polarization that can be equally distorting. As an alternative 
it will be argued in these pages that it is only through 
analyzing the roles of black women that the extent to which 
African Americans embraced both integrationist and separatist 
strategies becomes clear, since black women's leadership roles 
and overlapping networks made it easier for them to avoid the 
ideological posturing that often characterized black male 
leadership roles. By focusing on black women's experiences it 
becomes evident that black political thought was characterized 
more by complexity than dichotomy, by multiple rather than 
singular strategies, and by interdependent rather than mutually 
exclusive philosophies.
Gender and Nationalism
Black nationalism in the United States has been constantly 
redefined since the War of Independence, and like many other 
nationalisms, what characterizes its essential and most 
successful constituents has been hotly contested. However, the 
central role played by historians in constructing and sustaining 
nationalisms has long been acknowledged. As Hobsbawm puts it: 
"Historians are to nationalism what poppy-growers . . . are to 
heroin-addicts: we supply the essential raw material for the 
market."16 Accepting black nationalism as a constructed, albeit 
no less significant, worldview, black nationalism can be 
characterized as a quest for autonomy for black Americans and an 
understanding that the freedom of all peoples of African descent 
is interlinked. Indeed, the supranational roots of black 
nationalism in the international system of African enslavement 
has meant that black nationalism in the United States has always 
been closely linked to pan-Africanism, and can be better 
understood through an imagined community notion of nationalism 
rather than a Eurocentric nation-state model. Encompassing both 
an intellectual response to, and a strategic method of dealing 
with, American racism, black nationalist thought has 
accommodated both separatist and assimilationist views in the 
struggle to achieve race solidarity, race pride, and economic 
and cultural freedom.17
	Black women in the early twentieth century drew strength 
from nationalist movements taking place in other parts of the 
world during what has become known as the "apogee of 
nationalism." Following World War I and the embedding of self-
determination (at least for white peoples) in the League of 
Nation's mandate, nationalist movements came to be viewed by 
many as legitimate liberation movements in which women's 
equality might also be achieved.18 Black women were inspired not 
only by contemporaneous movements; they were able to draw on a 
long tradition of black nationalist protest in America which 
linked race and gender oppression. Black feminist nationalists 
Maria Stewart and Mary Ann Shadd were important contributors and 
definers of black nationalism in the mid-nineteenth century,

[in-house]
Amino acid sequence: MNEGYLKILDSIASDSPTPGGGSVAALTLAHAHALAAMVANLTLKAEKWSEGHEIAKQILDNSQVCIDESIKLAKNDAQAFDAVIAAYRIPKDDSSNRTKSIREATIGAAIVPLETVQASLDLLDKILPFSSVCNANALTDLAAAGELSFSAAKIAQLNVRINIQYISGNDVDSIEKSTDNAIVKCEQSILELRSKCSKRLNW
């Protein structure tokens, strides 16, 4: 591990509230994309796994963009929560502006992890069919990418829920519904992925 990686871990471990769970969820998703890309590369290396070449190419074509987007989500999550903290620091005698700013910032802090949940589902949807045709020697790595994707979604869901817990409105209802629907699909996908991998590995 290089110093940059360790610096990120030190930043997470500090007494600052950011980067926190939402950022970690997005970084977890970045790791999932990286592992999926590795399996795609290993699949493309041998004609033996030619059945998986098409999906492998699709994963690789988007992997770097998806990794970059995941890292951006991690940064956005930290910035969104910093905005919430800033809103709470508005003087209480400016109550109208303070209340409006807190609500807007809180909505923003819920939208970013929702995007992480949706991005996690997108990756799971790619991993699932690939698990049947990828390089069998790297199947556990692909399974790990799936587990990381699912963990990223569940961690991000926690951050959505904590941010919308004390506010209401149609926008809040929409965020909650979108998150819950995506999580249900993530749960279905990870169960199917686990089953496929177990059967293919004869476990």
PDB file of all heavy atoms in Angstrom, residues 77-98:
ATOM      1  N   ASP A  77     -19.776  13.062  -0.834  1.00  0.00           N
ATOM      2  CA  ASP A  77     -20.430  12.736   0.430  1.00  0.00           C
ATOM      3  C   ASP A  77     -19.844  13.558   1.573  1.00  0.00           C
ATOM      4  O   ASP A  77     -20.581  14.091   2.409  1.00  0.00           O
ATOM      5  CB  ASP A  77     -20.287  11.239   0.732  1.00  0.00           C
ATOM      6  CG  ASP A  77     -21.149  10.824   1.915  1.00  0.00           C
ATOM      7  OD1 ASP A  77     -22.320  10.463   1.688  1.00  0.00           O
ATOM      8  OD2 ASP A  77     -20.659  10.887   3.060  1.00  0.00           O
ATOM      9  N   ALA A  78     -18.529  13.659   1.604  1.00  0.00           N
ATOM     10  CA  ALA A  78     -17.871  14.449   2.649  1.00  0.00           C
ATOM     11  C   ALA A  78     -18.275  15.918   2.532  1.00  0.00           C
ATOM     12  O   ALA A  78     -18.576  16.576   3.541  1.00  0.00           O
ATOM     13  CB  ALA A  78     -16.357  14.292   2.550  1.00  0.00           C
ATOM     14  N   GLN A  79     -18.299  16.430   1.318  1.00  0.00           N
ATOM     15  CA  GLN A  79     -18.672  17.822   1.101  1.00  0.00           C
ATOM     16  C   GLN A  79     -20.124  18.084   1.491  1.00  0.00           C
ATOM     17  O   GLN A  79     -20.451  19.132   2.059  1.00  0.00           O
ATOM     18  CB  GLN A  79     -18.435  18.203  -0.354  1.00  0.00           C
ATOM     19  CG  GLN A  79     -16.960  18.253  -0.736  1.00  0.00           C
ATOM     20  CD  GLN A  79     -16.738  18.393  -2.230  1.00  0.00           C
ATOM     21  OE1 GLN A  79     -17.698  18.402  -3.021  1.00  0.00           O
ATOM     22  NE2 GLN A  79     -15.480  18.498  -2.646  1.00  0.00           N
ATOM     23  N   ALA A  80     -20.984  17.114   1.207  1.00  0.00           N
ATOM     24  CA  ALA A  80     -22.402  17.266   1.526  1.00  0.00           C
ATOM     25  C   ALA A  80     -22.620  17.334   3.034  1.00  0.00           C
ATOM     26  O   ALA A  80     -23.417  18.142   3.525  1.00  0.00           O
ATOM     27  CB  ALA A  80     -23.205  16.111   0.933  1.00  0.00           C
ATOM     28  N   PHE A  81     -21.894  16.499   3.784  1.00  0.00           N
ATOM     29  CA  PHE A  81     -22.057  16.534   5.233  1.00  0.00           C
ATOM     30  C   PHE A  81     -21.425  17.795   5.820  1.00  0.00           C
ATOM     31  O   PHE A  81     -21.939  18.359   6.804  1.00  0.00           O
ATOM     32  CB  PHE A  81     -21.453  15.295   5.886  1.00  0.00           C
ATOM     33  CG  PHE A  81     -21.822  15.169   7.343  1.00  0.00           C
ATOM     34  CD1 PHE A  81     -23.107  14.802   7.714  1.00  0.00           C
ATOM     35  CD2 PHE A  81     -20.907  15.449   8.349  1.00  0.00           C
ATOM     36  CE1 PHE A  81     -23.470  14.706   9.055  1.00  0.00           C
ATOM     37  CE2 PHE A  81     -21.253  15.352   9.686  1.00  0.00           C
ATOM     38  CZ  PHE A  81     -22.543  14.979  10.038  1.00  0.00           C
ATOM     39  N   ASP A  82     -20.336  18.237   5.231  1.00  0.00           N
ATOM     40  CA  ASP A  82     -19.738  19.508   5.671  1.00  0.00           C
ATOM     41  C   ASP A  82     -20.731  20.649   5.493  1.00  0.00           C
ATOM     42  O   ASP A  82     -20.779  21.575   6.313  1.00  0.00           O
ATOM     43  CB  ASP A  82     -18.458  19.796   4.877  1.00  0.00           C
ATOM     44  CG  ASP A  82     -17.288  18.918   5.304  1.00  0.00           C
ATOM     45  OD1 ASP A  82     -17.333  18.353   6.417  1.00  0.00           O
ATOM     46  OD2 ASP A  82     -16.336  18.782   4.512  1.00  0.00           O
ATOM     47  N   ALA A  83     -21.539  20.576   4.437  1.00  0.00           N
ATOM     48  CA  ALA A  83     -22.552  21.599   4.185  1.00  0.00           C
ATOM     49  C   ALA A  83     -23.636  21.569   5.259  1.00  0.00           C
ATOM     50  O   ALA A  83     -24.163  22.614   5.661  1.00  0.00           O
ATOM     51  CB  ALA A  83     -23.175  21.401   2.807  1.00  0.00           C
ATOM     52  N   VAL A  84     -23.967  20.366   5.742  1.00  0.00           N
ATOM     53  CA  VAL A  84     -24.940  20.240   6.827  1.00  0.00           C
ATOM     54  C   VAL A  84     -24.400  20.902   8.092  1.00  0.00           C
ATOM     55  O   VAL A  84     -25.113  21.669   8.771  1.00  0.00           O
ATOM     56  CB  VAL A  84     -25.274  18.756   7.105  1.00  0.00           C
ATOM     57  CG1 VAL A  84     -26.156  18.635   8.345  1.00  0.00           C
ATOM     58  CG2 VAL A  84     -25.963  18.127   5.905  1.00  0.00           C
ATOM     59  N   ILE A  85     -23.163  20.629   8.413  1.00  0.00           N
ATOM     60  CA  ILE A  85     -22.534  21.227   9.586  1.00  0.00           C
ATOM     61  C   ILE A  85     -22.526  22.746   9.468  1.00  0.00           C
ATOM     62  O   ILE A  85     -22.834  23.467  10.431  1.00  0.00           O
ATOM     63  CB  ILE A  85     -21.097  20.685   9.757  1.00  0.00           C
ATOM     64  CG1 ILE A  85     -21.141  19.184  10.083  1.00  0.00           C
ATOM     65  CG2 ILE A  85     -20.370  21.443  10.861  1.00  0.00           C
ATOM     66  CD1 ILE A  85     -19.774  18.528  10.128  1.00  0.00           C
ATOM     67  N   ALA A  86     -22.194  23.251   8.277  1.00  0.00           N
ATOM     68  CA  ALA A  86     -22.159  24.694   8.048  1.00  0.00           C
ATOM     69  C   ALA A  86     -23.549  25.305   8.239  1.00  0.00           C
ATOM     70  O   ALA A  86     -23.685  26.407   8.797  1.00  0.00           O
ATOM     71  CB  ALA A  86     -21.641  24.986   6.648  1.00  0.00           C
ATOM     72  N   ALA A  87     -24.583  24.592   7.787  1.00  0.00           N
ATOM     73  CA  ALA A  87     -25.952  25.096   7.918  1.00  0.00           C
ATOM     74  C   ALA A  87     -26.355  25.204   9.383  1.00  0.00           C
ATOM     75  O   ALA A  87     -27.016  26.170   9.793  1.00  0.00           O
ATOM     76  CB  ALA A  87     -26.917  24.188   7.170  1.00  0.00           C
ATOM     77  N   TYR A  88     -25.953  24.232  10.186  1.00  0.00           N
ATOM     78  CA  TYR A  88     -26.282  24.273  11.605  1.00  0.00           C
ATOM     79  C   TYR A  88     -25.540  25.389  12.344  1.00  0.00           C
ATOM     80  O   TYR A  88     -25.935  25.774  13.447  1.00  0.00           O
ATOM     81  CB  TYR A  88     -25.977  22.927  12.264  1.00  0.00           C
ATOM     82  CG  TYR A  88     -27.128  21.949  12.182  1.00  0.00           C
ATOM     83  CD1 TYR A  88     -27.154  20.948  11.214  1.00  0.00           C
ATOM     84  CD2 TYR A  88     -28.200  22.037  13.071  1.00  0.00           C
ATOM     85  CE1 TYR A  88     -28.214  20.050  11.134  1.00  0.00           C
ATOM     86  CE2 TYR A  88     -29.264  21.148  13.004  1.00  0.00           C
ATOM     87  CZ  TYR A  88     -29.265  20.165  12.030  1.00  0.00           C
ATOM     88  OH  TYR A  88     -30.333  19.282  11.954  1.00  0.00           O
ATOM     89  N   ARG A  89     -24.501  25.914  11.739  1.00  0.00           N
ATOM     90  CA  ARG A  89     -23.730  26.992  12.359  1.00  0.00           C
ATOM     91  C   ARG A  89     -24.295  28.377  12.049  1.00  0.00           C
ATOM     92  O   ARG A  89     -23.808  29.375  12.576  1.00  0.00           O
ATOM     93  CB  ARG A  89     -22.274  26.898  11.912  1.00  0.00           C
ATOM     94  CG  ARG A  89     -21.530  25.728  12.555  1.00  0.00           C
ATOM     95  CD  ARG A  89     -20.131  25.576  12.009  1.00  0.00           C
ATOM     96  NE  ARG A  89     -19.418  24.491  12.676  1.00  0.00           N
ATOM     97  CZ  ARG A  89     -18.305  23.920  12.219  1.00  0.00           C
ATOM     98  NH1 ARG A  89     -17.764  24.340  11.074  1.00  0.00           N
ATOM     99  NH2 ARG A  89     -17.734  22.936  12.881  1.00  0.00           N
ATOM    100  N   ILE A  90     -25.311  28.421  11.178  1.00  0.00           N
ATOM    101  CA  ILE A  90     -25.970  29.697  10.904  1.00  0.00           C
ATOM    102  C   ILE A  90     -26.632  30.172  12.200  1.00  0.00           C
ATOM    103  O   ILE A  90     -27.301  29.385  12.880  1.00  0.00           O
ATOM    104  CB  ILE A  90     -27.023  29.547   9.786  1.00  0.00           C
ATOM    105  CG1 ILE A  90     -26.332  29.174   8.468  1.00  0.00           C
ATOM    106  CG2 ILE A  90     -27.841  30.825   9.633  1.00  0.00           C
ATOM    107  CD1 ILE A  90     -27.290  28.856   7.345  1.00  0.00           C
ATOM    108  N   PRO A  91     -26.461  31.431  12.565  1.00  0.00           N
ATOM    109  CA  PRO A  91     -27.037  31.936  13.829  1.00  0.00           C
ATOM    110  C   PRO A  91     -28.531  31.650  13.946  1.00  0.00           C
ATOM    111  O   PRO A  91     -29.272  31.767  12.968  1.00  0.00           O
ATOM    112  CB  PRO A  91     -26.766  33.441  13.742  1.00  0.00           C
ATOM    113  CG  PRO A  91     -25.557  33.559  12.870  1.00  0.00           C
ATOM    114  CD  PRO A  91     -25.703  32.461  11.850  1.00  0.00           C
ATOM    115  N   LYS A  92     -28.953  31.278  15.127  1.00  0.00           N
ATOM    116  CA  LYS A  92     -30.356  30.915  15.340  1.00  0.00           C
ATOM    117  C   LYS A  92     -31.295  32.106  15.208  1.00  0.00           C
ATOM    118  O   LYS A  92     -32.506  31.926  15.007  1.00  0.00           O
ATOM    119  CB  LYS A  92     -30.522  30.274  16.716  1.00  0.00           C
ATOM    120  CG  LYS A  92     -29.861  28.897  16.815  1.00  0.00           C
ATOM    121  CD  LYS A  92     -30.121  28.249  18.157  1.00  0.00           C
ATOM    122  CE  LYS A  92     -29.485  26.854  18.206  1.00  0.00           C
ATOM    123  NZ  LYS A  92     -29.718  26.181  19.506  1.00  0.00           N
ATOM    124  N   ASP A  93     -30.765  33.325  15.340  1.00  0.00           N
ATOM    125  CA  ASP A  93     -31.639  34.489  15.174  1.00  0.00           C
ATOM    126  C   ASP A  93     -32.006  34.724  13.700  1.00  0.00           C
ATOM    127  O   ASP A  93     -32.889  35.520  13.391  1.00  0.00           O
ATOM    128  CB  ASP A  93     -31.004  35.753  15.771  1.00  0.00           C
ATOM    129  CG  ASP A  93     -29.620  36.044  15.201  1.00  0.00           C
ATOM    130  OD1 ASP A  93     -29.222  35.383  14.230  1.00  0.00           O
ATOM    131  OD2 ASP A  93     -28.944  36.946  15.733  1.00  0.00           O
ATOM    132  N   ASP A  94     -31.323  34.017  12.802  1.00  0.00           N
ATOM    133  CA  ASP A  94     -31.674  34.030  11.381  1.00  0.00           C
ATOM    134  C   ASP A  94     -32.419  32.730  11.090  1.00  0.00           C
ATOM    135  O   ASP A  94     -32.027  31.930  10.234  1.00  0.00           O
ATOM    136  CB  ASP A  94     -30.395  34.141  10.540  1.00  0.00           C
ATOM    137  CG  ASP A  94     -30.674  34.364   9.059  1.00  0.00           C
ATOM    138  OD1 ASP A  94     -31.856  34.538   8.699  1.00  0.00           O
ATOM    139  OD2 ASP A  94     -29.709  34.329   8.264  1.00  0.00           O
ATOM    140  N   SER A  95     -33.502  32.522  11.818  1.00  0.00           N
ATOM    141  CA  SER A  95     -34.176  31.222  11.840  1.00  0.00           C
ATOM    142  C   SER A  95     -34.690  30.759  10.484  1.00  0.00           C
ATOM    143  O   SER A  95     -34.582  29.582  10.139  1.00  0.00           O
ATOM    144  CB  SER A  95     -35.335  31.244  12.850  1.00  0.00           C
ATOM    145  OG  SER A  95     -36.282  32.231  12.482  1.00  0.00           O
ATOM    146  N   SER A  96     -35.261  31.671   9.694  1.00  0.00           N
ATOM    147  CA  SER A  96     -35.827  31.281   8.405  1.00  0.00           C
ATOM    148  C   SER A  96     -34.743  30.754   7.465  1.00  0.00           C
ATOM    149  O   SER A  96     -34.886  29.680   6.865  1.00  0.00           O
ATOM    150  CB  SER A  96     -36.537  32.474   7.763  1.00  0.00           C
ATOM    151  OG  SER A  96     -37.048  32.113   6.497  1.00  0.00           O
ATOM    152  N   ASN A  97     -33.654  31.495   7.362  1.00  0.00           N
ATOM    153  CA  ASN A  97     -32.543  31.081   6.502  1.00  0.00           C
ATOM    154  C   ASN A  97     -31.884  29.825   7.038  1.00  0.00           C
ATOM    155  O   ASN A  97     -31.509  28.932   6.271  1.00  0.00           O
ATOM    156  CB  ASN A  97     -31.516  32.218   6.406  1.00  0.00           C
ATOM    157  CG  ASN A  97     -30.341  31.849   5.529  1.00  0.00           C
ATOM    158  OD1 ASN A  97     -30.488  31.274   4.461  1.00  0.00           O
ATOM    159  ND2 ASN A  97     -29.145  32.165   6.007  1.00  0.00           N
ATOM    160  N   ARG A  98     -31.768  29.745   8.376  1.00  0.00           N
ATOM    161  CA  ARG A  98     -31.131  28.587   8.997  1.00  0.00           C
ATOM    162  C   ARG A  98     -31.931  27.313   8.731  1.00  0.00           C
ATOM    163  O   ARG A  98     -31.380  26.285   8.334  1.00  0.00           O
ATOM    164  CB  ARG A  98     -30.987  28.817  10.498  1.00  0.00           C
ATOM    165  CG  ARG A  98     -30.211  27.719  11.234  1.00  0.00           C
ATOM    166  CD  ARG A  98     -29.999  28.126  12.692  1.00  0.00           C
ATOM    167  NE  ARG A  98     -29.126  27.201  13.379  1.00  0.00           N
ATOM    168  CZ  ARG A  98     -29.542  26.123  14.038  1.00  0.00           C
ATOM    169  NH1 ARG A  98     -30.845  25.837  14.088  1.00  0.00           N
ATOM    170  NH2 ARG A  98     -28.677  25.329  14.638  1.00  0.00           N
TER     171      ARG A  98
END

arguing for the importance of economic nationalism and sustained 
political activism. Shadd used her public role as a lecturer and 
newspaper editor to challenge black men's right to shape black 
nationalist thought in the antebellum period. An early emigrant 
to Canada, Shadd was an important voice in the debates 
concerning emigrationism, playing a leading role in challenging 
both the American Colonization Society's support for 
repatriation of free blacks to Africa and Martin Delany's and 
other black nationalists' advocacy of emigration to Africa or 
Haiti. Shadd's belief in a black nationalism that was 
independent of a nation-state reflected her pan-African view of 
an imagined community of blacks which she promoted through her 
Canadian newspaper the Provincial Freeman, as well as the 
pragmatic belief that "blacks would be exploited in the sugar 
cane fields of Latin America and the Caribbean just as they were 
in the US."19 A pioneer teacher in Canada West, Shadd strongly 
opposed segregated schooling, believing that segregation and 
voluntary separation were very different. Shadd saw no 
difficulties in arguing for integrated public institutions in 
Canada while also helping to construct an international network 
of black activists. Nor did she view her support for black 
nationalism as being in conflict with her work for women's 
rights.20 At the end of the nineteenth century Shadd had become 
part of a tradition of black women's nationalist activity in 
North America.
	Even so, black feminists in the early twentieth century 
appear to have been ahead of their time in their willingness to 
negotiate nationalism and feminism, since both contemporary 
commentators and later historians have often viewed black 
nationalist movements, like many other nationalist movements, as 
inherently patriarchal.21 Indeed, the very creation of the nation 
has been viewed as being inextricably connected to the 
construction of separate spheres: the public life for men and 
the private for women.22 Yet visions of a black nation do not 
have to be patriarchal any more than visions of an integrated 
society. Indeed integration of black women into white American